781 F.2d 724 (9th Cir. 1986), 85-7060, Independent Elec. Supply, Inc. v. C.I.R.
|Docket Nº:||85-7060, 85-7077.|
|Citation:||781 F.2d 724|
|Party Name:||INDEPENDENT ELECTRIC SUPPLY, INC., Petitioner-Appellant, v. COMMISSIONER OF INTERNAL REVENUE, Respondent-Appellee. Frank PRESTIPINO and Leana Prestipino, Hildegard K. Marks, and Jean D. Littlefield, Petitioners-Appellants, v. COMMISSIONER OF INTERNAL REVENUE, Respondent-Appellee.|
|Case Date:||January 24, 1986|
|Court:||United States Courts of Appeals, Court of Appeals for the Ninth Circuit|
Argued and Submitted Dec. 10, 1985.
Clarence J. Ferrari, San Jose, Cal., for Independent Elec. Supply.
J. Richard Johnston, Johnston & Horton, Oakland, Cal., for petitioners-appellants.
Richard Driscoll, Ann Belanger Durney, Dept. of Justice, Tax Div., Washington, D.C., for respondent-appellee.
Appeal from the United States Tax Court.
Before WRIGHT, KENNEDY, and BEEZER, Circuit Judges.
KENNEDY, Circuit Judge:
The taxpayers in these consolidated cases appeal the Tax Court's disallowance of deductions for depreciation, ordinary and necessary business expenses, and research and development expenses. 1 We affirm.
The appellants each invested in limited partnerships, trusts, or both, set up by Fred Solomon and George Nicoladze for the ostensible purpose of acquiring and exploiting patents. The patents were acquired for the partnerships and trusts by Solomon and Nicoladze for relatively small amounts of cash ($0 to $300,000) and relatively large nonrecourse obligations ($497,000 to $250,000,000). Many were acquired hastily in an effort to avoid limitations on distributive partnership losses attributable to nonrecourse debt which took effect on January 1, 1977. I.R.C. Sec. 704(d) (1976) (subsequently amended by Revenue Act of 1978, Pub.L. No. 95-600, Sec. 201(b), 92 Stat. 2763, 2815-16). The patents, over thirty-five in number, include rights to inventions as diverse as a geothermal turbine, acquired in December 1979 for $300,000 down and a $149,000,000 nonrecourse obligation, and a disintegrating golf tee, acquired, like approximately half the patents, for $3,000 down and a $2,000,000 nonrecourse obligation. None of the patents has earned any net income, and losses associated with the sixteen partnerships and trusts invested in by appellants have exceeded $90,000,000.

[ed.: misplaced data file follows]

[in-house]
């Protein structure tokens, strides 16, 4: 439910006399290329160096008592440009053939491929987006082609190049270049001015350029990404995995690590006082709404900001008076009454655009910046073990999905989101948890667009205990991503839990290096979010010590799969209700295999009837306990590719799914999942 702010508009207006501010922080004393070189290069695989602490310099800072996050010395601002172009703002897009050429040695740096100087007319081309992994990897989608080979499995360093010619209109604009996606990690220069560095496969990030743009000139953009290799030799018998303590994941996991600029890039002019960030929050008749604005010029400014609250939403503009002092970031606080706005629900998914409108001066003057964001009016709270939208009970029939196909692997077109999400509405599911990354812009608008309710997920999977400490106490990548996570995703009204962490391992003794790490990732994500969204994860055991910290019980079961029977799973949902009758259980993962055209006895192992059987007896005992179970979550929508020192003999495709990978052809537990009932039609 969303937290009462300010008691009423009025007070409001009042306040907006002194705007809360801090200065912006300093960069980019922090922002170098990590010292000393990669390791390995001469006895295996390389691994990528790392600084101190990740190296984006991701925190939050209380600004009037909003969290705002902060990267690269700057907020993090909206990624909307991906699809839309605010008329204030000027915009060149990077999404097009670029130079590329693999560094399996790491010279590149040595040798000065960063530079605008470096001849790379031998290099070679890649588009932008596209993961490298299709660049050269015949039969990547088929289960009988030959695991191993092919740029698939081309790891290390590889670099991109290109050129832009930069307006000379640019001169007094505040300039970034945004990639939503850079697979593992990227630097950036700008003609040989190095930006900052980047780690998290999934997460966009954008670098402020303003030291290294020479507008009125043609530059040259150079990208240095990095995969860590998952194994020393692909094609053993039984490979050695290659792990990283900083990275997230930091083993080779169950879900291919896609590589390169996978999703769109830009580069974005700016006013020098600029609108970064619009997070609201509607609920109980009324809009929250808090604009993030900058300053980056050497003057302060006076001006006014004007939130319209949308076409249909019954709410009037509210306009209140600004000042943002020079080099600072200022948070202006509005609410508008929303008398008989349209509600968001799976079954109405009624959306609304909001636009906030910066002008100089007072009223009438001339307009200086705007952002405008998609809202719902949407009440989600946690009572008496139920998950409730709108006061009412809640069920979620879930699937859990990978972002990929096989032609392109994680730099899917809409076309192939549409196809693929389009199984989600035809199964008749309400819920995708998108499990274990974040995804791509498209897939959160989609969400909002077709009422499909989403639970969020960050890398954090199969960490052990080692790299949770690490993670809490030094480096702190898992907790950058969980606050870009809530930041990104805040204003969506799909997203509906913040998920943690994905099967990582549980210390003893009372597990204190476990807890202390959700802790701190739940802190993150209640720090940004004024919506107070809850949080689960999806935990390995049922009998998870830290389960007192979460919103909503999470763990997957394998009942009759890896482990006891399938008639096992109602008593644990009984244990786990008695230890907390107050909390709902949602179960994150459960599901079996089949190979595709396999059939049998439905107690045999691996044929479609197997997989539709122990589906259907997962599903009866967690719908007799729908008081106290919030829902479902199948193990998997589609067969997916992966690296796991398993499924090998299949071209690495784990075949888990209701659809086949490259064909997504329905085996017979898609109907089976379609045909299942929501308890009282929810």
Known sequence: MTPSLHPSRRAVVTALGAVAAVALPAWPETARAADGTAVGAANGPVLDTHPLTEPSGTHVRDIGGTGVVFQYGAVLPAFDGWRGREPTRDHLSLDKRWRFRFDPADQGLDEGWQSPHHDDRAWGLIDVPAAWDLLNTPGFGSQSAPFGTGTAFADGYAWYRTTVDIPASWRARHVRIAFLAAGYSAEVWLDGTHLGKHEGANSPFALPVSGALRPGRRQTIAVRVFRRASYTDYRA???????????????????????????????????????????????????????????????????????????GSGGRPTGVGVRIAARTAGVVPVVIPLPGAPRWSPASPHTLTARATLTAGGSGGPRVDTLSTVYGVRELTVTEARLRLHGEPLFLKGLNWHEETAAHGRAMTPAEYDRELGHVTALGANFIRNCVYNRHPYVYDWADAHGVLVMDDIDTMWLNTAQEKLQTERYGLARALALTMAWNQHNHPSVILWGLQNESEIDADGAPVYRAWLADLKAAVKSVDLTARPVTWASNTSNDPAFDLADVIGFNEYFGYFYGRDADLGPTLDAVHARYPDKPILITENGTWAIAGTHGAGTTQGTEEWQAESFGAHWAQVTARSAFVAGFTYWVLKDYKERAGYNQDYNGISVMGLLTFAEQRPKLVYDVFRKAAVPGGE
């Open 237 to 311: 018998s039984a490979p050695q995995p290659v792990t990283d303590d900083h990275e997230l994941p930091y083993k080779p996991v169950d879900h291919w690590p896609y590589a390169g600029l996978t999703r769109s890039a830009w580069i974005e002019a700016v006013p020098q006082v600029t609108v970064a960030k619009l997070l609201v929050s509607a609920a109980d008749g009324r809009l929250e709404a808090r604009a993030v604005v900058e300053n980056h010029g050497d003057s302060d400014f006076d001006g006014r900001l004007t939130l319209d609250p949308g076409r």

The appellants claimed, in their capacities as limited partners or trust beneficiaries,
deductions for depreciation under I.R.C. Sec. 167(a), ordinary and necessary business expenses under I.R.C. Sec. 162(a), and research and development expenses under I.R.C. Sec. 174(a). As a result of these deductions, the appellants reported large losses with respect to their interests in the partnerships and trusts, losses far in excess of their actual investments. The losses largely reflect the depreciation deductions taken against the inflated basis in the patents provided by the nonrecourse indebtedness.
The Commissioner determined deficiencies in the taxpayers' federal income taxes. The Tax Court denied the taxpayers' petitions for redetermination of the deficiencies, holding that the taxpayers' patent activities did not constitute a "trade or business" required for deductibility under I.R.C. Secs. 162(a), 167(a), and 174(a) since the patents were not held or exploited for profit. Rather, the court found that the primary motivation for the formation and continuance of the partnerships and trusts was tax avoidance, noting that " 'if anything can be described as an "abusive tax shelter," this is it'." Paul J. Lahr v. Commissioner, 53 T.C.M. (P-H) p 84,472, at 1884, 1893 (1984) (quoting Flowers v. Commissioner, 80 T.C. 914, 941 (1983)).
Appellants argue that the Tax Court clearly erred in finding that the trusts and partnerships were not created and continued with the intention of making a profit. Moreover, appellant Independent Electric Supply, Inc. (IES) argues that the court clearly erred in finding that it did not have a profit motive when it invested in three of the patent trusts. IES argues that its own motivation is relevant because, it claims, the existence of a profit motive for a trust should be determined with respect to each beneficiary. Because the Tax Court found no profit motive at either the trust or beneficiary level, it declined to decide at which level business motive should be assessed. We sustain the Tax Court's findings regarding the nonexistence of a profit motive, and we affirm.
The deductions taken by the appellants were claimed under I.R.C. Sec. 167(a), granting a deduction for depreciation of property "used in [a] trade or business" or "held for the production of income"; I.R.C. Sec. 162(a)...
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